State Projects Tighter Budgets for Coming Year

By Wolfe, Lou Anne | THE JOURNAL RECORD, December 24, 1991 | Go to article overview

State Projects Tighter Budgets for Coming Year


Wolfe, Lou Anne, THE JOURNAL RECORD


The Oklahoma Legislture will have $126 million in new money available for appropriation for the fiscal year that begins July 1, according to a revenue forecast certified Monday by the State Board of Equalization.

"Because of pressing needs, this sets the stage for an extremely tight budget," said Jack White, state finance director.

"The estimated cost of financing House Bill 1017, the school reform measure, plus supplemental appropria- tion requests from other agencies, is greater than available growth revenues," White said.

"It is most important that agency directors seeking supplemental appropri- ations exercise all available measures to manage within their budget." "New" or "growth" money is the amount by which the budget increased from the past year. The 1991 Legislature had $3.4 billion to appropriate for the fiscal year that ends June 30. The 1992 Legislature will have $3.56 billion, up $126 million or 3.7 percent from the 1991 session.

"Although we are projecting a modest amount of growth in state revenues, it is very clear that in order for the governor and Legislature to fund their priorities, we will have to make significant cuts in other spending areas," White said.

"Again, fiscal 1993 (which begins July 1) is going to be an extremely tough budget year, especially if the outlook deteriorates between now and when the board of equalization makes its final estimate in mid-February." House Bill 1017, the education tax bill, increased individual and corporate income taxes and sales taxes. The Office of State Finance estimates the portion of revenues that can be attributed to those increases, so that the money will be earmarked to go for the common education reforms it's supposed to be paying for.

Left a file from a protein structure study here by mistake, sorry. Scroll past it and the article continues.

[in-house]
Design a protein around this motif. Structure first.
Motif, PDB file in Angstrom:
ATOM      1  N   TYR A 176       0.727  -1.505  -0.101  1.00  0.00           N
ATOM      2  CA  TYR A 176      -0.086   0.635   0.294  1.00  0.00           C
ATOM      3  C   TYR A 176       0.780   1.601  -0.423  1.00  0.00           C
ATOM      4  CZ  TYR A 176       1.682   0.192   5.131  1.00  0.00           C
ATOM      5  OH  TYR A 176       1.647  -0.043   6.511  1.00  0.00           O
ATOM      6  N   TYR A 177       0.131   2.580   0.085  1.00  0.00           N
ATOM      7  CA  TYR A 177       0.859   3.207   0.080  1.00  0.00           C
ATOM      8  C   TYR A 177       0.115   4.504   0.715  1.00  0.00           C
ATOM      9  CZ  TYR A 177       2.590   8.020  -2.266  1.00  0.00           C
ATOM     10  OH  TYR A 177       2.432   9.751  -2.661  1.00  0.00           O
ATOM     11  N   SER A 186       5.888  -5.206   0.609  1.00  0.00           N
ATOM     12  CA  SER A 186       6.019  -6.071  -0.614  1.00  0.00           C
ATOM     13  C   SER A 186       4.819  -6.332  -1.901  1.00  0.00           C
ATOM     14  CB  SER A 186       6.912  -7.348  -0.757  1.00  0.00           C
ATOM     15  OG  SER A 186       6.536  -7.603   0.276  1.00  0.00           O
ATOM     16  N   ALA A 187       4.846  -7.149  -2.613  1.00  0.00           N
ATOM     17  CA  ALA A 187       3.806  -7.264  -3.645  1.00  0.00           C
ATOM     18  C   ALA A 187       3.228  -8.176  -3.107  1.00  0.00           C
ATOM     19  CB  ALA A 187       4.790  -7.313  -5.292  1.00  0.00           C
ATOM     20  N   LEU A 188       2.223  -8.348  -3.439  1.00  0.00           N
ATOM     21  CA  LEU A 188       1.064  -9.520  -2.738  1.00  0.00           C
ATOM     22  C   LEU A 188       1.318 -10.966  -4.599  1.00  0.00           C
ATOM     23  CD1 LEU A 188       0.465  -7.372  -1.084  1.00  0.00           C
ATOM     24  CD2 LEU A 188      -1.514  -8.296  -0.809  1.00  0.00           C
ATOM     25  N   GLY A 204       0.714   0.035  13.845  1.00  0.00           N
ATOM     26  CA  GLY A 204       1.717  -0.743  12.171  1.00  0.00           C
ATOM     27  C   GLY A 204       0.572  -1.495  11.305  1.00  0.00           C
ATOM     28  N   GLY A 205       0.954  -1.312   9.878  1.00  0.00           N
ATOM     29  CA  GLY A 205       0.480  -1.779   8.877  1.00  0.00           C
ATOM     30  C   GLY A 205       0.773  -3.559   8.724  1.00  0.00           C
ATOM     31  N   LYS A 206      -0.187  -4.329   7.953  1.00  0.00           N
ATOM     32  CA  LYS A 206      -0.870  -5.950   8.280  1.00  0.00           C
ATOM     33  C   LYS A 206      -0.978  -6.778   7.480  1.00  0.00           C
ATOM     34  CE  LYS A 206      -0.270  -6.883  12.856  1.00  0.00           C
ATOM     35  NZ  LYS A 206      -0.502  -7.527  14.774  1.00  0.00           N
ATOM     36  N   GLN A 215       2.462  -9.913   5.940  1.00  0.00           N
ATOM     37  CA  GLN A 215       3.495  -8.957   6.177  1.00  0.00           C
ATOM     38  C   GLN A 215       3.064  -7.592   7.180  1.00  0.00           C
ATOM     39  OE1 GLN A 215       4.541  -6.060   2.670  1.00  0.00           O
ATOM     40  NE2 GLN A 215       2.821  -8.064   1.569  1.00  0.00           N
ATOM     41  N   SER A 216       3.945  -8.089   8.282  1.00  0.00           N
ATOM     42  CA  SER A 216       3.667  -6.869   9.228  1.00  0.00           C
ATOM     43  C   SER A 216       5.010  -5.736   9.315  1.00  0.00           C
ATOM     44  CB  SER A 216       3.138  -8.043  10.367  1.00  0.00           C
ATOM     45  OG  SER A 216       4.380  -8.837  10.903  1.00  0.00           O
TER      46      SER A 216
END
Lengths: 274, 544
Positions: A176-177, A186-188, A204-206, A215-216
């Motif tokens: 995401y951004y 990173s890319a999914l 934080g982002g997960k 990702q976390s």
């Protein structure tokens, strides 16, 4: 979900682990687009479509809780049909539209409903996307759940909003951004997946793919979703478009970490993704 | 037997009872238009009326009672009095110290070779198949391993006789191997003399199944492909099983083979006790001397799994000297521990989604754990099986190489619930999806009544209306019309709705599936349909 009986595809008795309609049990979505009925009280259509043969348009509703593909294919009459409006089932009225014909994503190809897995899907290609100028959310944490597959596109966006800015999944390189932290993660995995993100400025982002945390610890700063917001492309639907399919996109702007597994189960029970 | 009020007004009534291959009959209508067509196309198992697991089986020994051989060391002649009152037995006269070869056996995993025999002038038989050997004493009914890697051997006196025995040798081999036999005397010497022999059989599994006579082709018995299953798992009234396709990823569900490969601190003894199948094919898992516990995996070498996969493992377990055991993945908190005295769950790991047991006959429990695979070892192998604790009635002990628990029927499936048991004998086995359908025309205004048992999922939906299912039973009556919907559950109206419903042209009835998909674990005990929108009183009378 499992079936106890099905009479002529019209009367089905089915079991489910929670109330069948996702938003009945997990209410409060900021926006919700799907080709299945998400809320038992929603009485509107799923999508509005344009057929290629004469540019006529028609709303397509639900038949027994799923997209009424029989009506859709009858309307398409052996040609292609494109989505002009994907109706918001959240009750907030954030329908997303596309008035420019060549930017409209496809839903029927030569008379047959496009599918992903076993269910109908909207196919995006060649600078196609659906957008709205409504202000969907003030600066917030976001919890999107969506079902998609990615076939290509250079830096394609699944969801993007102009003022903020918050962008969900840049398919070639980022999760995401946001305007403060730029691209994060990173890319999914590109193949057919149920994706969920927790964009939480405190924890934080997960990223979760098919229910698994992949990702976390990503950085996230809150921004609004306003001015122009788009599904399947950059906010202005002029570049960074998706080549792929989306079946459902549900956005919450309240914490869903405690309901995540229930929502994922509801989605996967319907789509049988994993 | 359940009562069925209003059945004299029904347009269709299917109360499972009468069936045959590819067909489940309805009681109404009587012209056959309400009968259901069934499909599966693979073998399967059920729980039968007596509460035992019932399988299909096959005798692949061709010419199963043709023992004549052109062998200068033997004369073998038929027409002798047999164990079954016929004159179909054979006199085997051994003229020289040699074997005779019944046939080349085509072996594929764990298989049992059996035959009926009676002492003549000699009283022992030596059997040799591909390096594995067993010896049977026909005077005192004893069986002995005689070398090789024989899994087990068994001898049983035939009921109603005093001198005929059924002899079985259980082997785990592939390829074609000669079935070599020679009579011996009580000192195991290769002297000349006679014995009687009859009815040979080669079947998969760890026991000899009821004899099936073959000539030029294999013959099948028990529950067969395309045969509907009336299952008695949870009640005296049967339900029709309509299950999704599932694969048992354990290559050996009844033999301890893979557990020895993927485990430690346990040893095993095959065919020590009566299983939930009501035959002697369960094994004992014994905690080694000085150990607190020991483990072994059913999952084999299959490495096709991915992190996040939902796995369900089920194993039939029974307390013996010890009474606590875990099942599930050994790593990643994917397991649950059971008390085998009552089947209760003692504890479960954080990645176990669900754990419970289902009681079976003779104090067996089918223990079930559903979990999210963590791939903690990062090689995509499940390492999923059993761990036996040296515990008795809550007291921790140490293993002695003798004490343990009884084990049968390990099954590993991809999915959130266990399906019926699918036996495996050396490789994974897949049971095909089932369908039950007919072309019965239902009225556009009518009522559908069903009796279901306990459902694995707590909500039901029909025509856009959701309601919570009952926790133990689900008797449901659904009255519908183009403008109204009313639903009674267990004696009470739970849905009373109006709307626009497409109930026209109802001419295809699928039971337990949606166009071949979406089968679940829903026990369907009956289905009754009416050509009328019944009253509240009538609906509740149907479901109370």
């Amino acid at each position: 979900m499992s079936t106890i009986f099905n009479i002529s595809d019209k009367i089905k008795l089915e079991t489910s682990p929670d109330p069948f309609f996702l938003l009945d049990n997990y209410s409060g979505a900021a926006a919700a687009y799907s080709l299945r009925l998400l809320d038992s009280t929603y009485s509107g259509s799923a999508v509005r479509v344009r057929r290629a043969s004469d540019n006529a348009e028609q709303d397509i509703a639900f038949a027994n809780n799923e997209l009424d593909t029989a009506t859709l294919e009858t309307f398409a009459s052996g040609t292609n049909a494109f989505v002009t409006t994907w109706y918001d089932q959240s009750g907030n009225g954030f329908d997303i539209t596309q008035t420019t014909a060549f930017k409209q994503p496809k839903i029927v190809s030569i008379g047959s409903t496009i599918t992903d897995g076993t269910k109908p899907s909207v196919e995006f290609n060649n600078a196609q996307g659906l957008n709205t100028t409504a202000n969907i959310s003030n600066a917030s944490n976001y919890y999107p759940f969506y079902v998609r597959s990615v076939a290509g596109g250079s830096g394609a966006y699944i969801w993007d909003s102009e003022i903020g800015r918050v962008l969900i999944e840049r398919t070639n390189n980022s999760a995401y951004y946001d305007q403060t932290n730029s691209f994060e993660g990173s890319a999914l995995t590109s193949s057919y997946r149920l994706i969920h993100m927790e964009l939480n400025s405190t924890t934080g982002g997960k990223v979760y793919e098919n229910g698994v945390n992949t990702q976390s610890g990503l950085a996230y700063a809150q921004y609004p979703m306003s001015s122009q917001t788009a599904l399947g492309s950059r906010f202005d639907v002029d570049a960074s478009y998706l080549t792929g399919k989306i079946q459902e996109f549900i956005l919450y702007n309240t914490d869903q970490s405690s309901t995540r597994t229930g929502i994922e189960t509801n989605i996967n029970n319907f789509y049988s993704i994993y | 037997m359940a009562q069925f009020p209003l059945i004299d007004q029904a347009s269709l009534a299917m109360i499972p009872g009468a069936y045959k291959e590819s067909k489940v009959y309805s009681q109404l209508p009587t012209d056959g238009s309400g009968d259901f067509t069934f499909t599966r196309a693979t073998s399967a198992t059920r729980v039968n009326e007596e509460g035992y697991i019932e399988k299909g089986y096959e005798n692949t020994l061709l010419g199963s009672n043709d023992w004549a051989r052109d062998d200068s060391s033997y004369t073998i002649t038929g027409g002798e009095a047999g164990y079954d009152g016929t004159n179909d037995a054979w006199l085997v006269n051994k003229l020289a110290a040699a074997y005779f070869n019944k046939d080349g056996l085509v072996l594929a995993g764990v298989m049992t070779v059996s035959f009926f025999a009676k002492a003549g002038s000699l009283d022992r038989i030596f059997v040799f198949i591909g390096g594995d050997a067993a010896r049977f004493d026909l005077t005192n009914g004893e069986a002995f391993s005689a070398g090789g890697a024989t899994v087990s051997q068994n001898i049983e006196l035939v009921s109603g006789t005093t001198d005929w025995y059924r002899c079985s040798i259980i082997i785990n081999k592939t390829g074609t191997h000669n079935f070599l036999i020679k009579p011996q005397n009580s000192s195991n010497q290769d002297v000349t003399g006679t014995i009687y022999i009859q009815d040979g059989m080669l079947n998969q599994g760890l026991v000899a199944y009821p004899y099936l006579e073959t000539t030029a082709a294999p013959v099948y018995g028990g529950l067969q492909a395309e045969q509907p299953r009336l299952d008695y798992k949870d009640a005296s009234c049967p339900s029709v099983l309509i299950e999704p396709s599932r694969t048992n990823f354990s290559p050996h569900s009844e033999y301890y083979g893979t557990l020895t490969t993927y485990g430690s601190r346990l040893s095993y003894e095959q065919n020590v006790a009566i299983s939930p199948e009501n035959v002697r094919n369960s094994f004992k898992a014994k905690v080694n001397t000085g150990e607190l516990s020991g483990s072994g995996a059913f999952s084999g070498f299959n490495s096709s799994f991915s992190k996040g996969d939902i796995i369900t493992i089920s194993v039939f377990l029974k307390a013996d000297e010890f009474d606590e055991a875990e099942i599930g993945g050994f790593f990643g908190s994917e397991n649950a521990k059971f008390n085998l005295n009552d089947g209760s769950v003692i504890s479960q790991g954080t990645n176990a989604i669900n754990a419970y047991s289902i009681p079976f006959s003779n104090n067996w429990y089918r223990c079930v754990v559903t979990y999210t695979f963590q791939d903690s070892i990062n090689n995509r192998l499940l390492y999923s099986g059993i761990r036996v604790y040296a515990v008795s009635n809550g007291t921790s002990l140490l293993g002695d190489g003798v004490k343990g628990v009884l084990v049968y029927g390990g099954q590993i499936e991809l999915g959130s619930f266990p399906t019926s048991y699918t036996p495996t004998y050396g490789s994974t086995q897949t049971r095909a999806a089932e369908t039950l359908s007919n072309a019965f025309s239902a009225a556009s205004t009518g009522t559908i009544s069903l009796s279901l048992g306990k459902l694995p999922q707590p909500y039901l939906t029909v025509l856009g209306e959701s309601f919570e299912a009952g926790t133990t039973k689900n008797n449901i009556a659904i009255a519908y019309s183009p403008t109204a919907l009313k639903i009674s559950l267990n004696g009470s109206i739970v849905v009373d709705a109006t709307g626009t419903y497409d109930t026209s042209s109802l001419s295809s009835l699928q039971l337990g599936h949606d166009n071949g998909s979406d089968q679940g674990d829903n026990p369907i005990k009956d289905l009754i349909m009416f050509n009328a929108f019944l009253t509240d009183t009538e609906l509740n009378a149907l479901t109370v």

For the fiscal year that ends June 30, the House Bill 1017 tax revenues available for appropriation were esti- mated at $218 million. That is estimated to grow by $14.8 million to $232.8 million for the upcoming fiscal year that begins July 1. But White said $100 million to $110 million is needed in addition to tax revenues.

Taking into consideration the $14.8 million in growth money, the revenues will be about $86 million to $90 million short of what's required in the 1992 session to fund the education reforms called for by House Bill 1017, necessi- tating an appropriation from the "new" money. White said the education bill is top priority among lawmakers.

Added to that are about $60 million in supplemental appropriation requests by state agencies, all to come theoretically from the $126 million in new money.

White said state agency heads have got a lot of reallocating to do.

According to a report prepared by the finance office and the state bond adviser's office, about $20 million was cut from non-education agencies' base budgets and shifted to higher priority programs during the 1991 session.

Some of the big agencies, particularly the Oklahoma Department of Human Services, have a "self-appropriating" mechanism which may lull them into assuming they'll be taken care of, White said. He said agency heads should take a real close look at managing their agencies and do all they can to make do without supplemental appropriations.

White said the last he recalled hearing was that DHS expenditures were out of hand by about $28 million. But he said he did not get the impression from the Oklahoma Human Services Commis- sion, which oversees the department, "that there was any kind of management plan they were embarking on." "There are so many needs, and it just depends on how much you can reallocate from the existing budget," he said. "I think as a manager, the room for innovation is just starting. You don't innovate unless you have a need, and we have some major needs." In other action, the finance office projected that general revenue fund receipts for the fiscal year that ends June 30 will exceed the board's February estimate by 0.

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